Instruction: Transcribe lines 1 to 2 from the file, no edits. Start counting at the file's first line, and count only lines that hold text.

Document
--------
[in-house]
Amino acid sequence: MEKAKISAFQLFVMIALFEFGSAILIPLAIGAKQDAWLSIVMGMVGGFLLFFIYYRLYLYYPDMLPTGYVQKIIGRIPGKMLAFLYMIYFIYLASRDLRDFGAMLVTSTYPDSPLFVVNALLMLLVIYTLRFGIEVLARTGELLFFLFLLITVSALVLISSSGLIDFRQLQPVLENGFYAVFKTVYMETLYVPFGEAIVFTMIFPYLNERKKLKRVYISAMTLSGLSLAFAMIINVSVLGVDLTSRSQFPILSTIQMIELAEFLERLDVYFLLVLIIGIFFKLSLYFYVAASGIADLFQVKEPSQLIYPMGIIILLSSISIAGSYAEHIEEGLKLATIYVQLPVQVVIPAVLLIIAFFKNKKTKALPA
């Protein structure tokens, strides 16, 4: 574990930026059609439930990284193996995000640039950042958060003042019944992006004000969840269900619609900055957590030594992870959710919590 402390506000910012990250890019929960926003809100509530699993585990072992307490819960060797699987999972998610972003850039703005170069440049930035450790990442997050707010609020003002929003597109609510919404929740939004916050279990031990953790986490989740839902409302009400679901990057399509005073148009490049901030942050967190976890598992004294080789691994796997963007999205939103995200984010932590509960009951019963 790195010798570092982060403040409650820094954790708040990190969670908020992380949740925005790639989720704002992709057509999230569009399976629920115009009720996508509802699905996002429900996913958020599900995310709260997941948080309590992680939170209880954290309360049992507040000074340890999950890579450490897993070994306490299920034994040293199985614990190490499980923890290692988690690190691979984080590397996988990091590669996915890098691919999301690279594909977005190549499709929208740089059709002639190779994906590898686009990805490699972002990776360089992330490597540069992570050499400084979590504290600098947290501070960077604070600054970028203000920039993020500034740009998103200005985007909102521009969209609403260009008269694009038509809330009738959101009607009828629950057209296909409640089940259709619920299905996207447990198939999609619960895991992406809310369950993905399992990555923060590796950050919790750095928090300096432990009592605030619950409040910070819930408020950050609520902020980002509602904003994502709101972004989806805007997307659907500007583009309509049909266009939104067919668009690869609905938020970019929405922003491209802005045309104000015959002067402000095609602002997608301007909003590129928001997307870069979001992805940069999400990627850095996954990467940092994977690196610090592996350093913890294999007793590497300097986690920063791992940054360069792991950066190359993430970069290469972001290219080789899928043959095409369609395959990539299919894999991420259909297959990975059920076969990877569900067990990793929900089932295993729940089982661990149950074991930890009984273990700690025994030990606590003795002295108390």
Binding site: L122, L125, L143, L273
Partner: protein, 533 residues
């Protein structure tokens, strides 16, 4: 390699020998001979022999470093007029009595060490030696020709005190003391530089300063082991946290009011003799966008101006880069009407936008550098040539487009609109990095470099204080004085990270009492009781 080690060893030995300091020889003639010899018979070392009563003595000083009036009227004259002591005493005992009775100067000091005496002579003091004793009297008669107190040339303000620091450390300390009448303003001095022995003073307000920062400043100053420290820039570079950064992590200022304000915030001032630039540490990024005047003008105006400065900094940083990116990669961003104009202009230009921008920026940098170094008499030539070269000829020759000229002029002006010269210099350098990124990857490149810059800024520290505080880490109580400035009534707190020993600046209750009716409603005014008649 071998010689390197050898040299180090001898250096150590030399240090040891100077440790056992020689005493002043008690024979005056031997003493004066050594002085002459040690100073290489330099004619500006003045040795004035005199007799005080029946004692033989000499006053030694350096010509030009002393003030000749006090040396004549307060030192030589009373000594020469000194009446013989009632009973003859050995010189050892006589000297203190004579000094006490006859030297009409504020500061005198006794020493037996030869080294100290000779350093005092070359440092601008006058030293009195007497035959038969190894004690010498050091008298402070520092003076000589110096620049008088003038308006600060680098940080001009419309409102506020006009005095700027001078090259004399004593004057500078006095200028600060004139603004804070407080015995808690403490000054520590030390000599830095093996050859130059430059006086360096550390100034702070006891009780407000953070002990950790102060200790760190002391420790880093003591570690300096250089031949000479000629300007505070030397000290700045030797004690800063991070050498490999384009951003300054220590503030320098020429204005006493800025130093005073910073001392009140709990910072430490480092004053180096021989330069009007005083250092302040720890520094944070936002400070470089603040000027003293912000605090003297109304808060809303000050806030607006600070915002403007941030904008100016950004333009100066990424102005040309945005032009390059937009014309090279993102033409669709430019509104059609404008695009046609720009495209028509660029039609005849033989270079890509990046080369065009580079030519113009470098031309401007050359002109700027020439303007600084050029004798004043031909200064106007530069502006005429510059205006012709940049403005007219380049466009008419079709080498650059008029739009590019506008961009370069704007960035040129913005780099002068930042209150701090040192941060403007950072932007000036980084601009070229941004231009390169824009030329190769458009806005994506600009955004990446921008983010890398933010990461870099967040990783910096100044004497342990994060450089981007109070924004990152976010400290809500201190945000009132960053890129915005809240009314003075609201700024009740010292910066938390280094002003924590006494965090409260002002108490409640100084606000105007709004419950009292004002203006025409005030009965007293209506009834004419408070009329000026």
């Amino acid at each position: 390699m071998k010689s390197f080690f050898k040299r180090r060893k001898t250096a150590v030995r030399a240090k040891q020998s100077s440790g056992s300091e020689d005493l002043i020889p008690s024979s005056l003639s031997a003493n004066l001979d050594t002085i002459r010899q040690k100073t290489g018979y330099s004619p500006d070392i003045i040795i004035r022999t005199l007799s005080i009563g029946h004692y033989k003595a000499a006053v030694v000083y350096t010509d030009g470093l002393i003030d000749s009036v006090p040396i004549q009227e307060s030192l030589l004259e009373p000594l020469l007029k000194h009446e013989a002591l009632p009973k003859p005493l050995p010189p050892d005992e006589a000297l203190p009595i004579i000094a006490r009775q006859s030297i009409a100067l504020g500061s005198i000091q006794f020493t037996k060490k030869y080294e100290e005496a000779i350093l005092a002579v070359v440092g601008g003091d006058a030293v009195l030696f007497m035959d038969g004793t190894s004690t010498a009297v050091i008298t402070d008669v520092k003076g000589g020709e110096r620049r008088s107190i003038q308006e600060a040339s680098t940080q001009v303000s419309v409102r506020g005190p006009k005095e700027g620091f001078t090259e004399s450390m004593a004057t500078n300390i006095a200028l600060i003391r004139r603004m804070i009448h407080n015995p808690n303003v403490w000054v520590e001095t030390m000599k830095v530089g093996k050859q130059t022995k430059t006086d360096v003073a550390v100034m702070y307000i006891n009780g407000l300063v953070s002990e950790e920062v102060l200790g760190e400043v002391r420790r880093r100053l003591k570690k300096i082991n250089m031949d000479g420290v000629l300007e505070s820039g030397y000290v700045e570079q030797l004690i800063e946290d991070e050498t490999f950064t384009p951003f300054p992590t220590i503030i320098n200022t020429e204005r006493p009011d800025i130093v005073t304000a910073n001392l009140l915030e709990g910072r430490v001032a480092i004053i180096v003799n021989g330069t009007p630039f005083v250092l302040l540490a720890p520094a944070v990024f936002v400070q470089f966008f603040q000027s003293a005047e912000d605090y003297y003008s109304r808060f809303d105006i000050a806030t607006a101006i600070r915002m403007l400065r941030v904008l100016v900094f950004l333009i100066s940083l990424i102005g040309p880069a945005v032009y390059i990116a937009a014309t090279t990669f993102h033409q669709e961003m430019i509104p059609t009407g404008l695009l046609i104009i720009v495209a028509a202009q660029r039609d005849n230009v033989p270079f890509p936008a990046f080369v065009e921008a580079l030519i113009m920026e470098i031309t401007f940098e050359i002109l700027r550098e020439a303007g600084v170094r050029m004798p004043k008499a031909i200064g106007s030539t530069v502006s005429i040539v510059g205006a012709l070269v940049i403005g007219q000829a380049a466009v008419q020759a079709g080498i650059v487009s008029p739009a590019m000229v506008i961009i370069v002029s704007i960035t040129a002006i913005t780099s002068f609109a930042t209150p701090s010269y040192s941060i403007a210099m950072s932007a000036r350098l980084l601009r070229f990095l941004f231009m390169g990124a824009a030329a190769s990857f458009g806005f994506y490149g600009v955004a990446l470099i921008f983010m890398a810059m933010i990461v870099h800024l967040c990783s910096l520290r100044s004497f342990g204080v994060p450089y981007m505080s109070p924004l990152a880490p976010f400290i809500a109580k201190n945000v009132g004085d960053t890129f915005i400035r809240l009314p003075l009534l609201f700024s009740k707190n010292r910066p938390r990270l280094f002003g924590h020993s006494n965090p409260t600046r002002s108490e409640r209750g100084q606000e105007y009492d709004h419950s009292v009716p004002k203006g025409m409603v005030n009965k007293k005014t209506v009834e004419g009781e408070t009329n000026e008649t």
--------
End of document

[in-house]
Amino acid sequence: MEKAKISAFQLFVMIALFEFGSAILIPLAIGAKQDAWLSIVMGMVGGFLLFFIYYRLYLYYPDMLPTGYVQKIIGRIPGKMLAFLYMIYFIYLASRDLRDFGAMLVTSTYPDSPLFVVNALLMLLVIYTLRFGIEVLARTGELLFFLFLLITVSALVLISSSGLIDFRQLQPVLENGFYAVFKTVYMETLYVPFGEAIVFTMIFPYLNERKKLKRVYISAMTLSGLSLAFAMIINVSVLGVDLTSRSQFPILSTIQMIELAEFLERLDVYFLLVLIIGIFFKLSLYFYVAASGIADLFQVKEPSQLIYPMGIIILLSSISIAGSYAEHIEEGLKLATIYVQLPVQVVIPAVLLIIAFFKNKKTKALPA